Fox News is an anomaly in that it is one of the most successful assets in linear television—the top-rated cable network, even over ESPN, for six years in a row—and also the most toxic. It has a massive audience of loyal fans that MSNBC and CNN can only dream of, and yet none of the major media companies want it in their portfolio because of its right-wing politics and its embrace of divisive rhetoric and misinformation.
It is also, increasingly, a risk for blue chip advertisers who face potential reputational damage every time they get in front of Fox’s audience. (Among the biggest advertisers on Fox News last year, apart from Fox itself, were Liberty Mutual, two supplements companies, a mortgage lender, and MyPillow—the Mike Lindell-owned company that supports various far-right causes, including Donald Trump’s efforts to overturn the 2020 election.) At the same time, the network commands unparalleled loyalty among viewers. It is therefore destined to compete in streaming as a stand-alone offering—under Fox Corp., or some other relatively small owner—rather than part of a major mainstream offering like Peacock or HBO Max.
Is that a problem? It would be for MSNBC or CNN, but it’s not necessarily a problem for Fox, because Fox News is more than a television network. Fox News functions as the Republican party’s bully pulpit, the most influential media outlet among conservatives, and the intellectual (or anti-intellectual) center for the right. So long as it maintains this position in American politics and culture, it can continue to be a highly lucrative business on streaming, especially once the vast majority of Americans have made the jump to OTT. When Fox fans make that jump, they will find a whole slew of non-news programming on Fox Nation—historical documentaries, true crime shows, bible study guides, etc.—that will only increase the value proposition of a Fox News subscription and make it a more integral part of their lives.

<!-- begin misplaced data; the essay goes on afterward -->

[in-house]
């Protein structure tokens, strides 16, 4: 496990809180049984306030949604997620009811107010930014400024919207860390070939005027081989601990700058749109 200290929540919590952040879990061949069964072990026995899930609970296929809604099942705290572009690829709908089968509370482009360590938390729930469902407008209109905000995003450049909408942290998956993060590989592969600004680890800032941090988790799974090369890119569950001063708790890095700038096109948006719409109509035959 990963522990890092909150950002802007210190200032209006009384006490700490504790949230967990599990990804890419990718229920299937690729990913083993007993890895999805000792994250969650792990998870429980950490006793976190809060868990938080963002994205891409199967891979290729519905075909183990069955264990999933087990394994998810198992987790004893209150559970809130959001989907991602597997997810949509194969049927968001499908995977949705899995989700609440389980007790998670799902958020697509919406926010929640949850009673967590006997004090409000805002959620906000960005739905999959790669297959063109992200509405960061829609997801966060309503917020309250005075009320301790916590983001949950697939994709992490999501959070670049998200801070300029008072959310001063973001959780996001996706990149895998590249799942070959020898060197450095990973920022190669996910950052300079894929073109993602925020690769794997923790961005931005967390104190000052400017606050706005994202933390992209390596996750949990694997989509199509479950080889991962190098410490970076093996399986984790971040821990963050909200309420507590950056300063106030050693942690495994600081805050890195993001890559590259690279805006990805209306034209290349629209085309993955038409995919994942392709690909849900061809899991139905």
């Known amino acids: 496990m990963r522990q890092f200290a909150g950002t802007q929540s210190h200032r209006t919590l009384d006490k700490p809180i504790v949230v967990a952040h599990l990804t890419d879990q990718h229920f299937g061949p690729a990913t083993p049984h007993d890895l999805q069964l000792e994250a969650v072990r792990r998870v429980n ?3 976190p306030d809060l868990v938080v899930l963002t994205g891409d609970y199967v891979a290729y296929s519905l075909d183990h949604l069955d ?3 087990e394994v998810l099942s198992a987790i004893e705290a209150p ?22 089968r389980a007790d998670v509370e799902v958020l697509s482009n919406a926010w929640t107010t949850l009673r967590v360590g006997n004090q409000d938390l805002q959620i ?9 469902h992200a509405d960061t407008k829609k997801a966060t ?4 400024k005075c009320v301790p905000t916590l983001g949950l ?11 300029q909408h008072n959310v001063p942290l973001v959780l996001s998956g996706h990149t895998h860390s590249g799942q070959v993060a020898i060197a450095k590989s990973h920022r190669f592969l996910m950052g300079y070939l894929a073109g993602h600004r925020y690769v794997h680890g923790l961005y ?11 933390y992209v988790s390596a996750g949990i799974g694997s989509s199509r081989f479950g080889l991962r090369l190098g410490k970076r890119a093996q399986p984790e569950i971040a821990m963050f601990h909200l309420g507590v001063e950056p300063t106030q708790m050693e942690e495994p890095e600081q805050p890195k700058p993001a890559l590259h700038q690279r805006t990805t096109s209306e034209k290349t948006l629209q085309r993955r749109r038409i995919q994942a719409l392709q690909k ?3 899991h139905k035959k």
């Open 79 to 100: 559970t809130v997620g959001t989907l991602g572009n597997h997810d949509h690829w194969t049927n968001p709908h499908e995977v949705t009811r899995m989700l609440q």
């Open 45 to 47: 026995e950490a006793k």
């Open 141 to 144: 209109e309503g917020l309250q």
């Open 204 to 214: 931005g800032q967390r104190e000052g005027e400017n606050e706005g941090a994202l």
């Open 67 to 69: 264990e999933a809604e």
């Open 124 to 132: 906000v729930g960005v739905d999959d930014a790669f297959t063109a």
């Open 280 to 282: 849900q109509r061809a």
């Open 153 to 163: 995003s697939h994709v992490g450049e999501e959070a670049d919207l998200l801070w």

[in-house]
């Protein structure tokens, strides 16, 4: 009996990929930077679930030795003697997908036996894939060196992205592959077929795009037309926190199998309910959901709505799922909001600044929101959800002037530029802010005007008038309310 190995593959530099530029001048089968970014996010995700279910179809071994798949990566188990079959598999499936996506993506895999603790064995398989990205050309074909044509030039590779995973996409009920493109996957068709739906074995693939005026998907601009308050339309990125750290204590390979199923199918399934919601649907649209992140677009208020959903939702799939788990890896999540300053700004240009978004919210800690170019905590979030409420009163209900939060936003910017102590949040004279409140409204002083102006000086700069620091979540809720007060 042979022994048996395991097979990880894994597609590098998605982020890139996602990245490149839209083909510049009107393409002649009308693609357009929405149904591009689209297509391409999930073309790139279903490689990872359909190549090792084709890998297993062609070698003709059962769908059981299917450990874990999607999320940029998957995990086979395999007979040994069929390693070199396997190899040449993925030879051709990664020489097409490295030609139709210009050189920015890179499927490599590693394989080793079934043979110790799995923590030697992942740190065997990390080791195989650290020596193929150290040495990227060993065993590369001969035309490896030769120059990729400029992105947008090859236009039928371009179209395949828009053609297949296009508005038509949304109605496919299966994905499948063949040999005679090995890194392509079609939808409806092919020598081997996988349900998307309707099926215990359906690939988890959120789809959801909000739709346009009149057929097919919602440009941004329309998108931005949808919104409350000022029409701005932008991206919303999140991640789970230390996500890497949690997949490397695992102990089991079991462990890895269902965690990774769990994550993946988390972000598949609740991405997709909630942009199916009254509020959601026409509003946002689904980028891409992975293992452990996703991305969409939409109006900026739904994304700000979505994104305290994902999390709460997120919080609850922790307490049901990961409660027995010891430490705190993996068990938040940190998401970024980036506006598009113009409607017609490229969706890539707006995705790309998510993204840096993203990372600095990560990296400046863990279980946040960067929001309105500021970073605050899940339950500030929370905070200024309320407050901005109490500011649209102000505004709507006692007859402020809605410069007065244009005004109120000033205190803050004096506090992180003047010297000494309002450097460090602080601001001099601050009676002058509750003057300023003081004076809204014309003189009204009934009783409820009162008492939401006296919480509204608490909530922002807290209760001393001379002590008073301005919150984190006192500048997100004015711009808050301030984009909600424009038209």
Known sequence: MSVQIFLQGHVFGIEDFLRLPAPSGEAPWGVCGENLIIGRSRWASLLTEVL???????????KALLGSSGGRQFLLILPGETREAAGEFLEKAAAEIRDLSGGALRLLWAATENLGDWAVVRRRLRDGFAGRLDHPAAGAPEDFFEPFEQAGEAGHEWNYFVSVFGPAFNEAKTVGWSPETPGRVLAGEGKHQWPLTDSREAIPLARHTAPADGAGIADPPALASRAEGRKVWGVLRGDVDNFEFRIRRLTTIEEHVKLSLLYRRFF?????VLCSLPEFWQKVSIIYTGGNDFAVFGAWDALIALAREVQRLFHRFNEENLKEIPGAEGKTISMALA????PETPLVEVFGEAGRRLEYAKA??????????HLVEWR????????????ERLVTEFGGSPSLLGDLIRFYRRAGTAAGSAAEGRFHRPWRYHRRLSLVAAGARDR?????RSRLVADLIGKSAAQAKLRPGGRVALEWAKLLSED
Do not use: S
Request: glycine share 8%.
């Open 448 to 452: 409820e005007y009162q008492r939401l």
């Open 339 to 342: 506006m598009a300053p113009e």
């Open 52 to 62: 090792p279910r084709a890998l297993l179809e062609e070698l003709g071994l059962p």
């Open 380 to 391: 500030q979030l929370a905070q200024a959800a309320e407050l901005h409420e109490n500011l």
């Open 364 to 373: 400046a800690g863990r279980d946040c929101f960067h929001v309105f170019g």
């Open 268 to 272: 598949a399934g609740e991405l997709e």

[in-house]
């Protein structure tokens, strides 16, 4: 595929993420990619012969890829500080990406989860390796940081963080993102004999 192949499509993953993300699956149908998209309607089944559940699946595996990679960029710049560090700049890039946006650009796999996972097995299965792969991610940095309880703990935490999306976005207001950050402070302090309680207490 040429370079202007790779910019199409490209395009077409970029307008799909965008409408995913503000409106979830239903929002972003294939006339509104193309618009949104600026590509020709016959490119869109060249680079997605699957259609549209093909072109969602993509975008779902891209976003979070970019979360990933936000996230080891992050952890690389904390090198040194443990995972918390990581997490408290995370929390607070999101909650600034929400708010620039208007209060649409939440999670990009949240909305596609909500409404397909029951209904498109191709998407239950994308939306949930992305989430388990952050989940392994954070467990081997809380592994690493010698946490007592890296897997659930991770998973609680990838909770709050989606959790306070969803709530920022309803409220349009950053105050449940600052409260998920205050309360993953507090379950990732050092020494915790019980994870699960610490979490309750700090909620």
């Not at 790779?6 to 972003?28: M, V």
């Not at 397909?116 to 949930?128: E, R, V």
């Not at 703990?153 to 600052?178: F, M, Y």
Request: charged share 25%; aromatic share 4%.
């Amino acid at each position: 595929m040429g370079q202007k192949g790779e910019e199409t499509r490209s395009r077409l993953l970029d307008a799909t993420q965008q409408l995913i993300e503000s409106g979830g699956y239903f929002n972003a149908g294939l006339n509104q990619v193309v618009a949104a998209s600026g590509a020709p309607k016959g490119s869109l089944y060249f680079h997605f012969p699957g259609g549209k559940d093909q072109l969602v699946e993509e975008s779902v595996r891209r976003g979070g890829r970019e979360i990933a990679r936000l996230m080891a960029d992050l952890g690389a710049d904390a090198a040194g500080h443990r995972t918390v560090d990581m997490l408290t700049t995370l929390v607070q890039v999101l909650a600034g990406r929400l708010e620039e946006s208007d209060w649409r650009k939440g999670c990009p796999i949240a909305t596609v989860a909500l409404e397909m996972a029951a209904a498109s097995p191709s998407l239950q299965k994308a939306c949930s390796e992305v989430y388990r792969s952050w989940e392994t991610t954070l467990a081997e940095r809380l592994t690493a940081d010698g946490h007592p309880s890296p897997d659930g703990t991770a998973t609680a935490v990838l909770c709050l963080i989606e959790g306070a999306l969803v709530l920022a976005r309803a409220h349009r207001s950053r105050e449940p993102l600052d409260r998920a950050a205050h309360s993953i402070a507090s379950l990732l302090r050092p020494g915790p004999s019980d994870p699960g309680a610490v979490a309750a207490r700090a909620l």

The MSNBC-NBC News Singularity
NBC News is currently pursuing a three-pronged streaming strategy on Peacock: hard news at NBC News Now, progressive opinion at The Choice from MSNBC (where Symone Sanders’ show will live), and lifestyle programming at Today All Day. To date, these largely look like junior varsity versions of their linear counterparts—seat warmers for a day when NBC News, MSNBC and the Today show make the jump to streaming. In the meantime, NBC executives are hoping that these services will provide cord-cutters with substitutes for the linear offerings that will endear them to the NBC brand.
There’s a certain logic to this. If you’ve cut the cord, News Now is (for now) the only place you can go to get a traditional hard news offering that mirrors the linear experience—and it has the added benefit of being free. But this strategy rests on the assumption that cord-cutters want a cable news experience on a digital feed, and, given the extremely small audience numbers for cable news dayside programming, I’m not sure how big that demand is outside of days like November 3 or January 6. The company faces similar challenges on the opinion side because, unlike Fox News on the right, MSNBC is not the intellectual center for the left. It competes for the left’s intellectual market share with all manner of media outlets—The New York Times and The Washington Post, of course, but also The Atlantic and The New Yorker, CNN and NPR, etc., etc.